The government is also considering changes to rentcharges to prevent the owner of a rentcharge from being able to take possession of the property for non-payment.
Re-invigoration of commonhold and unfair terms in residential leaseholds
The Law Commission has been tasked with a project to consider how commonhold can be made to work as originally intended. The consultation highlights that a key reason for the failure of the commonhold is due to the financial incentives for developers in building leasehold.
The government also proposes to work with the Law Commission to consider whether unfair terms apply when a lease is sold on to a new leaseholder. The Law Commission proposes to look at lease terms, particularly “cases where ground rents increase exponentially, high-fixed service charges and fees on assignment.”
The timetable for these changes is unclear, leaving doubts as to whether there is enough parliamentary time to address these changes with sufficient vigour in the current political climate. There is a lot of public pressure for change so it appears inevitable now that there will be some legislation to address the issues raised in the consultation, but the Government needs to ensure that legislation is not rushed through without sufficient consideration to the impact it will have on housing development.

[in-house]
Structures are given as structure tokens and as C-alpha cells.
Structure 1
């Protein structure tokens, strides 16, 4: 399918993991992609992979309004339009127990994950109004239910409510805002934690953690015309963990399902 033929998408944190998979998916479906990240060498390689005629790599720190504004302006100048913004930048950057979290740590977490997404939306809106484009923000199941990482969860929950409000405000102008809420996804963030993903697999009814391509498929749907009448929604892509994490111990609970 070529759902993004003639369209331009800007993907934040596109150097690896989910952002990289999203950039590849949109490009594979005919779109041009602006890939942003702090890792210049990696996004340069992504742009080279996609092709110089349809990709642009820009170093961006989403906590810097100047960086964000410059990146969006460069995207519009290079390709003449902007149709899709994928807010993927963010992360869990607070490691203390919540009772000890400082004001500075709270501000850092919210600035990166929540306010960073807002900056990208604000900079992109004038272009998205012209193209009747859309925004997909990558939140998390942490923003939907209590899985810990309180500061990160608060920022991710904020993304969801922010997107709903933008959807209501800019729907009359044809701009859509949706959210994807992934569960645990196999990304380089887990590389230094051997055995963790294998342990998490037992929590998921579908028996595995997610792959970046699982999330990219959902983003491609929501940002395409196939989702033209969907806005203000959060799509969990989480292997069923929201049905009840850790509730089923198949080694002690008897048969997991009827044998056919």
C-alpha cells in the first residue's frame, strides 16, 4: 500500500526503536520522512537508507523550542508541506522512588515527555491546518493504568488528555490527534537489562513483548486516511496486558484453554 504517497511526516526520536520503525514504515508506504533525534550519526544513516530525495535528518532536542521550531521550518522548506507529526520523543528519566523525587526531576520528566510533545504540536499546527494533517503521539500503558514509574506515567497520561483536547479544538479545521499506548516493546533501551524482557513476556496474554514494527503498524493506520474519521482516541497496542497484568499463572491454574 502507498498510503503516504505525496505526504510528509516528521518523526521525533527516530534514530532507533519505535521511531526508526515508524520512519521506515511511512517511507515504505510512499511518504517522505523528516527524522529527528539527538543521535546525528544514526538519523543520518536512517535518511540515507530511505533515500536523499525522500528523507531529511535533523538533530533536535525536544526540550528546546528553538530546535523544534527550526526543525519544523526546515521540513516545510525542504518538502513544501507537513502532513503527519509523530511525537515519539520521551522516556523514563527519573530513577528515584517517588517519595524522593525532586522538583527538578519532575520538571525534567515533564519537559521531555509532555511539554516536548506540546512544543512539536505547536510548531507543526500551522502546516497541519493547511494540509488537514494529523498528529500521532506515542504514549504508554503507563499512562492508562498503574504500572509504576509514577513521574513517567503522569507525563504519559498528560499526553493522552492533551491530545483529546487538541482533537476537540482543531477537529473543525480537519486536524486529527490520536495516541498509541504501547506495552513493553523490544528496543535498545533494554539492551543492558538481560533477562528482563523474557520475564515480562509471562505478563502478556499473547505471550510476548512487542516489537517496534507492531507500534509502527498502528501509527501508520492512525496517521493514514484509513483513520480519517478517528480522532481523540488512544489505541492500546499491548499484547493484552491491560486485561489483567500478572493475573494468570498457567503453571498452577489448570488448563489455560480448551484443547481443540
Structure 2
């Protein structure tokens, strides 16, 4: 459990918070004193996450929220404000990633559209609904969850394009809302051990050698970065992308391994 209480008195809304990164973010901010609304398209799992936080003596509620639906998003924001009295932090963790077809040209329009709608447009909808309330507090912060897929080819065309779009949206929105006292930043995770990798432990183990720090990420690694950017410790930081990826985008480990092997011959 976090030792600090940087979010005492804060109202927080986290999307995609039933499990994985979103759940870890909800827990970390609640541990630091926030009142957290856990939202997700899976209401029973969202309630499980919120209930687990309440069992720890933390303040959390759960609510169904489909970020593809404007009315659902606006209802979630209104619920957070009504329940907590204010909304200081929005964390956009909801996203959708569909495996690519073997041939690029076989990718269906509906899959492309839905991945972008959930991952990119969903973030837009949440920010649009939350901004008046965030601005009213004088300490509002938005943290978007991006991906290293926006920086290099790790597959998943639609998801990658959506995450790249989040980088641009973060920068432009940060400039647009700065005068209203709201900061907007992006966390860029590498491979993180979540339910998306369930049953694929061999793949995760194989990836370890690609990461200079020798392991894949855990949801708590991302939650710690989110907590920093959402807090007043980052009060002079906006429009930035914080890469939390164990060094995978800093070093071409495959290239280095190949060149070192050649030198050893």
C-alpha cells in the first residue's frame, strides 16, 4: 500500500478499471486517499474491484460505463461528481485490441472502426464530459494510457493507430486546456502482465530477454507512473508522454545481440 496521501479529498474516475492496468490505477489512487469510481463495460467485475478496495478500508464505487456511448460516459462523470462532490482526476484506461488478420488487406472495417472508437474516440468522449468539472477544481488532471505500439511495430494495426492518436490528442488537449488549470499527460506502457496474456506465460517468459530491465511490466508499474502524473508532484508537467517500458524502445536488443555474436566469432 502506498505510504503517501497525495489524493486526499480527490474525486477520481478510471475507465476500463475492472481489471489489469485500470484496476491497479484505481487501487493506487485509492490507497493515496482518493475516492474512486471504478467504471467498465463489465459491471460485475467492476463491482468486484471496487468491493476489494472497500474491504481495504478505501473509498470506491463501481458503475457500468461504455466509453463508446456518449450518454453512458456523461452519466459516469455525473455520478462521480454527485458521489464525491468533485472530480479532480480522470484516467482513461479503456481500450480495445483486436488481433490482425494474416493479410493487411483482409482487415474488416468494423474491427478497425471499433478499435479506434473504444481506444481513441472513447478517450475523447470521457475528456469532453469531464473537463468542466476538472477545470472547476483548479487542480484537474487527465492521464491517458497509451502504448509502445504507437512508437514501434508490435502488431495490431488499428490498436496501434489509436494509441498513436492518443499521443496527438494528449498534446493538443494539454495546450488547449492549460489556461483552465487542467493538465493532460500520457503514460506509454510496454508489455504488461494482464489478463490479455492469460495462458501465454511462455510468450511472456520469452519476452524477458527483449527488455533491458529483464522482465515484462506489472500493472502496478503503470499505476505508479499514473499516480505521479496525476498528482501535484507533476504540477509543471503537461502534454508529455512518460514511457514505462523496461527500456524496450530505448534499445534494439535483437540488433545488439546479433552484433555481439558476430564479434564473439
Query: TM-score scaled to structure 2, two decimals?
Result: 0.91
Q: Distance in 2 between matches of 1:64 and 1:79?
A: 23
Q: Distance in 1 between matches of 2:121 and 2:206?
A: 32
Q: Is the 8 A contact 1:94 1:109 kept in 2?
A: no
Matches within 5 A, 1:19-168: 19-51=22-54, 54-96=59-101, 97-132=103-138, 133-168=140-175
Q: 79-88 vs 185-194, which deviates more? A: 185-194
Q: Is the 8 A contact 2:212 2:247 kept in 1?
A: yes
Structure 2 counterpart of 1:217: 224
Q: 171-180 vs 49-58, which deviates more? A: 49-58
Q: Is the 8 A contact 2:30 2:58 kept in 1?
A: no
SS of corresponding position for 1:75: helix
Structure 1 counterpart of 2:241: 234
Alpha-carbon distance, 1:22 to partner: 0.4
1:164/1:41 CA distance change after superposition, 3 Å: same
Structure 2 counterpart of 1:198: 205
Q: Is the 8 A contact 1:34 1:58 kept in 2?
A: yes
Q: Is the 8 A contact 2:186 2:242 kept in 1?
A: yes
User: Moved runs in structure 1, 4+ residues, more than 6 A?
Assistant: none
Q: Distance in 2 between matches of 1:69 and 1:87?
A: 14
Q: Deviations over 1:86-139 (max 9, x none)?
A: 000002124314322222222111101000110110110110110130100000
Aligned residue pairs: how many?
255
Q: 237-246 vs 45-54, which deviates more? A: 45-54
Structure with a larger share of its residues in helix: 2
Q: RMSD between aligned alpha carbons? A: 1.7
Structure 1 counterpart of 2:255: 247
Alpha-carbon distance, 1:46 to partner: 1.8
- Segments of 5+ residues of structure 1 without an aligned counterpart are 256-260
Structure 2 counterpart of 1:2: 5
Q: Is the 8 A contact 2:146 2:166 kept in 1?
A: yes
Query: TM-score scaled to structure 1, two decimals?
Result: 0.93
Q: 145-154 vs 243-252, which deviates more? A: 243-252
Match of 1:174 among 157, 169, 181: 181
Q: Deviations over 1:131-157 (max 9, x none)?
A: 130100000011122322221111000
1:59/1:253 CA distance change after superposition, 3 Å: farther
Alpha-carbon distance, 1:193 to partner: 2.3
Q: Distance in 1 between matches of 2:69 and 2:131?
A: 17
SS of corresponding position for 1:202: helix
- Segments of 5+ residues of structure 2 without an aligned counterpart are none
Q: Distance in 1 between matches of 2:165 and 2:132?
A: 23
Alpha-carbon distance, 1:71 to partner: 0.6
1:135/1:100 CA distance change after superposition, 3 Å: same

It is perhaps timely that the long running legal battle and pending Court of Appeal decision in Mundy v Sloane over the calculation basis for extending a lease is due (at time of writing we had not seen a decision). This case involves a flat in Chelsea with a lease term of less than 23 years remaining. The freeholder is seeking £420,000 to agree a lease extension. If a ruling is given in favour of Mundy, the tenant, the cost of extending a lease or buying a freehold could be dramatically reduced. The form in which the valuation models for lease extensions and freehold purchases will take remains undecided. For the interim, leaseholders are left with little option than to wade through the developing case law to ascertain whether they are receiving a fair bargain.
We of course await draft legislation and it is not clear when legislation will actually be enacted and implemented. However, the consultation is likely to have an immediate impact on the market as it raises awareness and removes the element of surprise around not owning the freehold, which was a theme of the reply to the consultation. Consequently, buyers may be hesitant to accept new houses sold on leasehold basis or those subject to ground rents. However, existing leaseholders could remain the most affected as mortgage companies become more reluctant to lend against those properties, making them unsellable. The government has pointed to this in its reply to the consultation but it remains to be seen what legislation might follow that helps existing leaseholders.
Kassra Powles is an associate lawyer at Browne Jacobson.